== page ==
In the case of George W. Bush in 2001, he also took aim at historical records, giving himself and his family indefinite control over documents covering the 12 years of his father’s terms as President and Vice President.
It was, therefore, significant that one of Barack Obama’s first acts as President was to revoke the Bush Family’s power over that history and to replace it with an easier set of regulations for accessing the records.
Link to January 23 Appleton Post Crescent article.
Excerpt: Three of best-selling Wisconsin author and humorist Michael Perry's works will be featured in the 2009 Fox Cities Reads.
The public libraries of Appleton, Neenah, Menasha, Kaukauna, Kimberly and Little Chute and the library of the University of Wisconsin-Fox Valley kicked off the third annual community read Thursday at the Copper Leaf Hotel.
Conkey's Book Store could be facing its final chapter.
With the loss of a major business contract, the 112-year-old downtown bookstore at 226 E. College Ave. is forced to rethink its future.
"We don't know at this time. We are trying to readjust to the change," said owner John Zimmerman.
On Tuesday night, Fox Valley Technical College's board of trustees voted to give its campus bookstore contract to Barnes & Noble.
Conkey's had that contract for the last 20 years, but was bested by a lower proposal in the bid process.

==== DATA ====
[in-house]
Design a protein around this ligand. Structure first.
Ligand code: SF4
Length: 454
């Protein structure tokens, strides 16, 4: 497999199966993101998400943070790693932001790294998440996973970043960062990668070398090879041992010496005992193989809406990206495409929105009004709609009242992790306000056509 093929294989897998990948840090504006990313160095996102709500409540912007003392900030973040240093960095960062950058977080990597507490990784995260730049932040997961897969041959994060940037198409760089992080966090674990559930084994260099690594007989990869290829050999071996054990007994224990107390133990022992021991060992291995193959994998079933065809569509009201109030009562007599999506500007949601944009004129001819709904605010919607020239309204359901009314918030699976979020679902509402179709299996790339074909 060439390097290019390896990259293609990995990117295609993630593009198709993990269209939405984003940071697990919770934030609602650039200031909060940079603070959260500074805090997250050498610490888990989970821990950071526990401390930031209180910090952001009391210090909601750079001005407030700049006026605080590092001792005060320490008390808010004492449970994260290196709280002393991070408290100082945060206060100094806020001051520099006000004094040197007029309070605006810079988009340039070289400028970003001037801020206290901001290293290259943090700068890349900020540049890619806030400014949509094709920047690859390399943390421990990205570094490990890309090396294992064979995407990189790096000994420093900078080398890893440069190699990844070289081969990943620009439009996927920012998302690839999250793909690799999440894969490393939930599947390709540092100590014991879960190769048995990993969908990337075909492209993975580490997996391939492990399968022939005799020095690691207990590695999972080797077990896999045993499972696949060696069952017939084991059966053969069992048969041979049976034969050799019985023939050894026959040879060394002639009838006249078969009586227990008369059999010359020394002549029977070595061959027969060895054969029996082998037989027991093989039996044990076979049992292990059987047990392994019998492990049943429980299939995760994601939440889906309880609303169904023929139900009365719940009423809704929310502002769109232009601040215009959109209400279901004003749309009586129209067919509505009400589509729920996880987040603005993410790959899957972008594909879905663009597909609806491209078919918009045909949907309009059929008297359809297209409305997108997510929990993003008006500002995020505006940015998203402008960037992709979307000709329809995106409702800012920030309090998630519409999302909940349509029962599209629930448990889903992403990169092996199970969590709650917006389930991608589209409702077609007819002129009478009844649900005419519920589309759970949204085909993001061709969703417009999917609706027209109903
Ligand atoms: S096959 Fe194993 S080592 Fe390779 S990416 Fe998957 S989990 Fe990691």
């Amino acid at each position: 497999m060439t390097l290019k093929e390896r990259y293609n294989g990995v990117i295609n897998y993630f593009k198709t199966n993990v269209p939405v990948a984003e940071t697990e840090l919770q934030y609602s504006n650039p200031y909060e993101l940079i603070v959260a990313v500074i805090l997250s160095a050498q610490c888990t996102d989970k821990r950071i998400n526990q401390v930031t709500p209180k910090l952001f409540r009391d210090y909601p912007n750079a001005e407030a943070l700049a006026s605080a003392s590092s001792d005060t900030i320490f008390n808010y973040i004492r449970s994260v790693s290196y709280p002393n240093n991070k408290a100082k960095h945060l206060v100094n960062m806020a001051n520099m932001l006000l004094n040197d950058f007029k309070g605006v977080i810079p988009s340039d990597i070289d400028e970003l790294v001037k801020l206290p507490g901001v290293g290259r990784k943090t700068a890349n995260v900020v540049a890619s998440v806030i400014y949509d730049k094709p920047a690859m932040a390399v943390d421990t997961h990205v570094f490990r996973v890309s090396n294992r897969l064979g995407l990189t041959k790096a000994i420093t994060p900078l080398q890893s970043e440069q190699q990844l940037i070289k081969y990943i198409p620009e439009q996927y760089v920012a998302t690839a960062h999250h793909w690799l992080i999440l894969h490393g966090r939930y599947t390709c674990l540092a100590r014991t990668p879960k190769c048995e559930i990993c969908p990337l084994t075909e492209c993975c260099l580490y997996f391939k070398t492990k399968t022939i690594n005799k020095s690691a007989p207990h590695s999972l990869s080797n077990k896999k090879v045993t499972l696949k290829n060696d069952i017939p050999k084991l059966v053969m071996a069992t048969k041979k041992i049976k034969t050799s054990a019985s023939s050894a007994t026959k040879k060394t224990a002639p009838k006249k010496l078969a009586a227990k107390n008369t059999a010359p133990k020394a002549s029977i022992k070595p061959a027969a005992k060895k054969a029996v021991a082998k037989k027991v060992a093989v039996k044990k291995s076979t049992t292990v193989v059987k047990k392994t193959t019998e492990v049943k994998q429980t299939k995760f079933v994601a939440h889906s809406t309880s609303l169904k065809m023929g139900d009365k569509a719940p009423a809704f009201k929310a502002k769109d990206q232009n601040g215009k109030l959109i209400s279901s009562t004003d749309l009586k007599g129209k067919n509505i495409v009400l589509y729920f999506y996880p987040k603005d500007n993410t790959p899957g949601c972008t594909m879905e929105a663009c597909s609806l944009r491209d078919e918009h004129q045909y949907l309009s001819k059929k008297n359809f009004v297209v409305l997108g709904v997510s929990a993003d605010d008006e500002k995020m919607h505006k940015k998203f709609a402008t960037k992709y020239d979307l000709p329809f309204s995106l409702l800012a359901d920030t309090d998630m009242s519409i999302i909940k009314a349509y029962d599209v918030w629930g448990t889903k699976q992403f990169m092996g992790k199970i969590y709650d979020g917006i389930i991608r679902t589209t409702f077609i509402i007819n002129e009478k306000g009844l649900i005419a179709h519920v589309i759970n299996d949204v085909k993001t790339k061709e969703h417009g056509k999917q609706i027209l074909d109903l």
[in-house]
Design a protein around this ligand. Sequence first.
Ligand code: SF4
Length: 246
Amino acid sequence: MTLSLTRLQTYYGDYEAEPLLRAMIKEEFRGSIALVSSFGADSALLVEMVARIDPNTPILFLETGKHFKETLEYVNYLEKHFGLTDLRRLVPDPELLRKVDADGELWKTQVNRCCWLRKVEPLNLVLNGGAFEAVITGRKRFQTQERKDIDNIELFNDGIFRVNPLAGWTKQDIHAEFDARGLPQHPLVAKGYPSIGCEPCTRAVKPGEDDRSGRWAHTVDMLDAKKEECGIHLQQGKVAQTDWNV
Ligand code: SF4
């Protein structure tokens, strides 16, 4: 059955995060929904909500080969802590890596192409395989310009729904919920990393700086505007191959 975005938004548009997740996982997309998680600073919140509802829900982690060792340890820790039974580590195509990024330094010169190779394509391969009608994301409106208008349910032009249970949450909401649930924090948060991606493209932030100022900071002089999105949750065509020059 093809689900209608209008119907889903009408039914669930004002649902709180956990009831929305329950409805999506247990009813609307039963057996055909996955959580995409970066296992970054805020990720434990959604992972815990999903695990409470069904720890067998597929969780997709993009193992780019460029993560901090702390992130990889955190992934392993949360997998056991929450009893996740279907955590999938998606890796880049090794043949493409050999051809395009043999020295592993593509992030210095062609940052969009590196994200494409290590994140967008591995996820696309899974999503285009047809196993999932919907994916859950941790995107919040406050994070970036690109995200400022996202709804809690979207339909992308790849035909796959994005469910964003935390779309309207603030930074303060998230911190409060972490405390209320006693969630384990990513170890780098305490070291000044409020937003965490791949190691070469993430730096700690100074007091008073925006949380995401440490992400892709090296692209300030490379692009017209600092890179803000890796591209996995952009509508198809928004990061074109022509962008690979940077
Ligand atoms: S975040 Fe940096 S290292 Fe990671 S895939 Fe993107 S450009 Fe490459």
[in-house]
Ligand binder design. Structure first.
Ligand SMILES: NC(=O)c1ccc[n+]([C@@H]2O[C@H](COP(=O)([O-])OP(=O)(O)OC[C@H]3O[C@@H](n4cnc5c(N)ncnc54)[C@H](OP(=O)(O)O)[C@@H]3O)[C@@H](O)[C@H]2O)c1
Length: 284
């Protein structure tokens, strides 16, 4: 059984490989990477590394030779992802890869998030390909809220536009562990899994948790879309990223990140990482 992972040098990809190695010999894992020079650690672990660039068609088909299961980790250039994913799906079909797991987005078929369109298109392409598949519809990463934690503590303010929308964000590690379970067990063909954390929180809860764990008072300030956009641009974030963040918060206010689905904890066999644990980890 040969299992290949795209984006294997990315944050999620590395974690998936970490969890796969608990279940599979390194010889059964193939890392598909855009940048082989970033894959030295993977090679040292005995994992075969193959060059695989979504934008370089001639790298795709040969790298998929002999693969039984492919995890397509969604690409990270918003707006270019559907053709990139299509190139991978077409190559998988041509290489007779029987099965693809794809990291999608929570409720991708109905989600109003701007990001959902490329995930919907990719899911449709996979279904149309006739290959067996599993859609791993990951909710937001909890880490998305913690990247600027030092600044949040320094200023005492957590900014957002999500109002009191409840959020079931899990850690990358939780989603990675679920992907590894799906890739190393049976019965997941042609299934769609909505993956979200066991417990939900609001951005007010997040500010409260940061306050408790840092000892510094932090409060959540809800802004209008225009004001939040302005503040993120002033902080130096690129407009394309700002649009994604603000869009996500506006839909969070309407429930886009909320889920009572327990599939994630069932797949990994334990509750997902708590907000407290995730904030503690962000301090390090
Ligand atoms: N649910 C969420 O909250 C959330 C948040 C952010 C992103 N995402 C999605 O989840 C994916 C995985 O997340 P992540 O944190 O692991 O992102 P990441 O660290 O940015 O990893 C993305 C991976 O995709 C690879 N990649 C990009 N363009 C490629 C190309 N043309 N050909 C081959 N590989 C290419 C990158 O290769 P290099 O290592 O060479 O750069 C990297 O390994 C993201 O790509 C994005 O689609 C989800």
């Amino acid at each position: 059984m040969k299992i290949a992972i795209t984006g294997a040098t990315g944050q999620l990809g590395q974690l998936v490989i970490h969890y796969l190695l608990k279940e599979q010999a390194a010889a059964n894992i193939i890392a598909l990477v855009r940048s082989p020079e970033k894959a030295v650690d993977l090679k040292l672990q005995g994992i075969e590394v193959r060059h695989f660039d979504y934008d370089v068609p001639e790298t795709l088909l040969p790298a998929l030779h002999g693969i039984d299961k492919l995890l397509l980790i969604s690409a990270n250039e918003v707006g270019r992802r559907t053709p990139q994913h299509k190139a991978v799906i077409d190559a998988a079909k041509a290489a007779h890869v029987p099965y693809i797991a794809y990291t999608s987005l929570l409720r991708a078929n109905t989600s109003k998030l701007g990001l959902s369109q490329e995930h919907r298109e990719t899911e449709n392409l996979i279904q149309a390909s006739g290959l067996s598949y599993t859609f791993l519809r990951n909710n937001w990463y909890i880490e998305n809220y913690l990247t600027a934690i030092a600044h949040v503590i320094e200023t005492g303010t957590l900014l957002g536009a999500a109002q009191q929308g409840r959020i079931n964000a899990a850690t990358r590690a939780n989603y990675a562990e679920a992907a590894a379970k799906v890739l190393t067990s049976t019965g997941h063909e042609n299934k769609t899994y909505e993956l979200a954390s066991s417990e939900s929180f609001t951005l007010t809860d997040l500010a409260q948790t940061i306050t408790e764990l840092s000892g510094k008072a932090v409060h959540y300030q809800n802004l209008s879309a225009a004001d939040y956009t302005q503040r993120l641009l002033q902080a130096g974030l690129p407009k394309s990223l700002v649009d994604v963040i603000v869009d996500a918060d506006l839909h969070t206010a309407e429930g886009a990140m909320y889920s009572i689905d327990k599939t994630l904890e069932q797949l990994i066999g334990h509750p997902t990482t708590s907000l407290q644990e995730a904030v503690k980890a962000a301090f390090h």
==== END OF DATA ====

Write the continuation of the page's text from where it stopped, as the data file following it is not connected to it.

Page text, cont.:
Barnes & Noble's contract starts July 1.
I always make a point to visit Conkey's and buy something when I'm in Appleton.
This news story almost makes me want to cut my Borders reward card into little pieces, which probably makes me part of the problem that independent bookstore owners face. I'm a sucker for a coupon-induced bargain.
Thursday, January 22, 2009
Excerpt: Libraries throughout the Milwaukee area are seeing more individuals like the Bonuses in these hardscrabble days of job and home losses.
Computer stations have become job-hunting sites as employers have shifted to accepting job applications online only.
Borrowing of compact discs, DVDs and books is booming at Milwaukee, Waukesha and Racine public libraries.
Excerpt: The Portage County Public Library may house more than 100,000 books, but to some, its circulation librarian is an institution in her own right.
Linda Kappell, 62, of Stevens Point started at the library Jan. 20, 1969, and never left. But after 40 years of service, Friday will be her last day.